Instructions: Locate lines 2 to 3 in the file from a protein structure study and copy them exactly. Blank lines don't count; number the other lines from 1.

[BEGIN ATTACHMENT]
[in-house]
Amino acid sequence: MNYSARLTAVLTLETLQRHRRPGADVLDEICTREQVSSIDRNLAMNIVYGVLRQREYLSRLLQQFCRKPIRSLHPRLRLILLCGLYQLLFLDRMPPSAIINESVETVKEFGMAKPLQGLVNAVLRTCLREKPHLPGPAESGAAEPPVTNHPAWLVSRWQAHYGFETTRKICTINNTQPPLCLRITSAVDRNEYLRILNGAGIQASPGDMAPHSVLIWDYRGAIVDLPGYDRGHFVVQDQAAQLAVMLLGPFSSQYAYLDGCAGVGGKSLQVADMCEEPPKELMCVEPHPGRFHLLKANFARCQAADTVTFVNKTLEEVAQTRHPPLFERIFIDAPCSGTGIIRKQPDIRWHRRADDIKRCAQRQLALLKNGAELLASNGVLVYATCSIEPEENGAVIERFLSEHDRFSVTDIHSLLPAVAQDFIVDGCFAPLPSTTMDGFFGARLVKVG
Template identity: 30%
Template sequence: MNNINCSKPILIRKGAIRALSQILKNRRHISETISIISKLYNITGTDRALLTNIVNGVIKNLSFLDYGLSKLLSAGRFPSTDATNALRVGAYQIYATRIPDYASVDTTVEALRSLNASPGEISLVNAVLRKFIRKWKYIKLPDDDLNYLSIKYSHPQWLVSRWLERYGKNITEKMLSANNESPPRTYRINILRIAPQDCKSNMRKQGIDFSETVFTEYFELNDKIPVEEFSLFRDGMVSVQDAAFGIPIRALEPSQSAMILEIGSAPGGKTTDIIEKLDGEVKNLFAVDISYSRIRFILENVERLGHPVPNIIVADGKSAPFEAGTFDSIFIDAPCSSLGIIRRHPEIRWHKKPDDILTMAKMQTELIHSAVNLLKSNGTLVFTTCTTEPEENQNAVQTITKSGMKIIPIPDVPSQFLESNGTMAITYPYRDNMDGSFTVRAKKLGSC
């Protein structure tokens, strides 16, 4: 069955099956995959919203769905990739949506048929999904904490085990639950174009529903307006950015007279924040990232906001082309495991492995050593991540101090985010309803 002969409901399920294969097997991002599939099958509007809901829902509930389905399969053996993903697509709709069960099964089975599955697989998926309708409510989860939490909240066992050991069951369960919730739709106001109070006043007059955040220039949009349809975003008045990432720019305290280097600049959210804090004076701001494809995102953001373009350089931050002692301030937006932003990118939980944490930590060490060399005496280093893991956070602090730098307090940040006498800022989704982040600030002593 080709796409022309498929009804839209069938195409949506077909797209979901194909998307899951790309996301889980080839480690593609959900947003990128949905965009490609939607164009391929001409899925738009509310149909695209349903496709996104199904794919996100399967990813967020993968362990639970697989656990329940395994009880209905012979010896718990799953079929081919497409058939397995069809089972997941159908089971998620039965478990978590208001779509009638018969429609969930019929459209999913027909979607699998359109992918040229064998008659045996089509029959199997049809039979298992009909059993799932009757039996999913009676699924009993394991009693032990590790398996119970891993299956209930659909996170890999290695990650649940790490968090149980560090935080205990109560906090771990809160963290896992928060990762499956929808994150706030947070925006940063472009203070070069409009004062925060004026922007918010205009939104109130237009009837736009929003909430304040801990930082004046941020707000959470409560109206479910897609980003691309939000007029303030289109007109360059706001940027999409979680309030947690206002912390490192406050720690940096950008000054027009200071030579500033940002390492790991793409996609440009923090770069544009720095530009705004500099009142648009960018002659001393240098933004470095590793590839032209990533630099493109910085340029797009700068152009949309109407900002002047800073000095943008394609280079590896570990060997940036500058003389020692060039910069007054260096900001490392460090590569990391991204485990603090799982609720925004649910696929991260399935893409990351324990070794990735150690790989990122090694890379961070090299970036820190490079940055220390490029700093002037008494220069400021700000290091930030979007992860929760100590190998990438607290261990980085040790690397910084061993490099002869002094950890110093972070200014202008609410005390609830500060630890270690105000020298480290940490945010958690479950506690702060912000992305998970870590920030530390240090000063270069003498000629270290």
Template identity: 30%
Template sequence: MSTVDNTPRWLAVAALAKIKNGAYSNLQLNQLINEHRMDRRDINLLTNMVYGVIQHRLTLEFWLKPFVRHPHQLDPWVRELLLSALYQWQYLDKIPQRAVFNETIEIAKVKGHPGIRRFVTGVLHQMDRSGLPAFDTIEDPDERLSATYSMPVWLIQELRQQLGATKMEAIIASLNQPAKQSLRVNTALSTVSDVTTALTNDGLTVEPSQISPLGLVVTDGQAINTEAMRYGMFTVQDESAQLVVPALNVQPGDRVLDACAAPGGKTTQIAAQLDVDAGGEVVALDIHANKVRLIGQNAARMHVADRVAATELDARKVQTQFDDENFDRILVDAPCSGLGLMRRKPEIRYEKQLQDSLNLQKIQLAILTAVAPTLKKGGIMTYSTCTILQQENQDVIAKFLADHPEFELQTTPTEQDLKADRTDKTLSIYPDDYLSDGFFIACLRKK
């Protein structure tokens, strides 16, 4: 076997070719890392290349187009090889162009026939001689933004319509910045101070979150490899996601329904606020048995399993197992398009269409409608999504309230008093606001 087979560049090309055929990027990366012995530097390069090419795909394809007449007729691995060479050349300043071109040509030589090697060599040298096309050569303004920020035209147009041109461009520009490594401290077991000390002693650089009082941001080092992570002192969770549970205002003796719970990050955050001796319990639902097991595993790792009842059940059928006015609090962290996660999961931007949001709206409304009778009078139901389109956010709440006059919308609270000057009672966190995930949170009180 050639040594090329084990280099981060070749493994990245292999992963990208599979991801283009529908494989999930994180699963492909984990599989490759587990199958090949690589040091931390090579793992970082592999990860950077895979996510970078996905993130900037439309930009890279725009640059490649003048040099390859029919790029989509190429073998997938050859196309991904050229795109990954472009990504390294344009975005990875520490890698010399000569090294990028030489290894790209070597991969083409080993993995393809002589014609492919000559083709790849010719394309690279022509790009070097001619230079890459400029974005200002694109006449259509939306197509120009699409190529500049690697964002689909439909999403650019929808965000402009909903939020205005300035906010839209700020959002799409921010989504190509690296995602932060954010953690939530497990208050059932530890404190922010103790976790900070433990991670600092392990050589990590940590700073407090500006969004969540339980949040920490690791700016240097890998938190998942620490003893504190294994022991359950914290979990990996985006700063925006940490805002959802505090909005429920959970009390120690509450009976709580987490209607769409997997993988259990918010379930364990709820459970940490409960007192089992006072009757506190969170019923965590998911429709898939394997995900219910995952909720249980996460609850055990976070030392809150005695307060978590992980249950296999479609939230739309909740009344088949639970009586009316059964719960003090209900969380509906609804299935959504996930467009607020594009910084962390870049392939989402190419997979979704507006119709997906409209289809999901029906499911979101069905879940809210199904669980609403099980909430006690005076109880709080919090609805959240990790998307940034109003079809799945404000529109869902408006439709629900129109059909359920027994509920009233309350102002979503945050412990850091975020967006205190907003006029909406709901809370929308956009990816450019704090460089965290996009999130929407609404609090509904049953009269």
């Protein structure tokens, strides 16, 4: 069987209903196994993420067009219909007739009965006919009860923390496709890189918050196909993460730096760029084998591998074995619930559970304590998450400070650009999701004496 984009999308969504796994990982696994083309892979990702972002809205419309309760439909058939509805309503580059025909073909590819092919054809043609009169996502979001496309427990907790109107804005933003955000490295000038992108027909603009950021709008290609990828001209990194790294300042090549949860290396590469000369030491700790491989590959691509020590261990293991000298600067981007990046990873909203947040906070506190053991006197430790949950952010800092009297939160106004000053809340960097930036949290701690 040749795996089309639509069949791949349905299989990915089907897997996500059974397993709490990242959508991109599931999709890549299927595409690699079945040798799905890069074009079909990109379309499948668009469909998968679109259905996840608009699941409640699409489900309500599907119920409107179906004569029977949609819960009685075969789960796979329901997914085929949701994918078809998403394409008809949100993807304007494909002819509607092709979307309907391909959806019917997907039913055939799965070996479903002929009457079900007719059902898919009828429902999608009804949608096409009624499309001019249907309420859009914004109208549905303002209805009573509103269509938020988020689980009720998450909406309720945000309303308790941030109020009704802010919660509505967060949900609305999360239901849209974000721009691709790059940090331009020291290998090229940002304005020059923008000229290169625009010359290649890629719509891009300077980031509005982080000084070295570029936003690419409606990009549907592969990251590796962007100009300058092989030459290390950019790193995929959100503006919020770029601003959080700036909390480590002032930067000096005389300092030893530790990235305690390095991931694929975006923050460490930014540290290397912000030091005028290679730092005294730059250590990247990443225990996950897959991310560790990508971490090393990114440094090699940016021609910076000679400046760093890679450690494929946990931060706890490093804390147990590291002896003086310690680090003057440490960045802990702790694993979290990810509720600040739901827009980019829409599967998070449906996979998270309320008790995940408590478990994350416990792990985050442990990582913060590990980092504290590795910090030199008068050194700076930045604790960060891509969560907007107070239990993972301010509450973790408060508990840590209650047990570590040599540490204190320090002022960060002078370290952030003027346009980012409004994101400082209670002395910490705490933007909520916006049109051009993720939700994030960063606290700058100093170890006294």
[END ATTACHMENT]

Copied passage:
Amino acid sequence: MNYSARLTAVLTLETLQRHRRPGADVLDEICTREQVSSIDRNLAMNIVYGVLRQREYLSRLLQQFCRKPIRSLHPRLRLILLCGLYQLLFLDRMPPSAIINESVETVKEFGMAKPLQGLVNAVLRTCLREKPHLPGPAESGAAEPPVTNHPAWLVSRWQAHYGFETTRKICTINNTQPPLCLRITSAVDRNEYLRILNGAGIQASPGDMAPHSVLIWDYRGAIVDLPGYDRGHFVVQDQAAQLAVMLLGPFSSQYAYLDGCAGVGGKSLQVADMCEEPPKELMCVEPHPGRFHLLKANFARCQAADTVTFVNKTLEEVAQTRHPPLFERIFIDAPCSGTGIIRKQPDIRWHRRADDIKRCAQRQLALLKNGAELLASNGVLVYATCSIEPEENGAVIERFLSEHDRFSVTDIHSLLPAVAQDFIVDGCFAPLPSTTMDGFFGARLVKVG
Template identity: 30%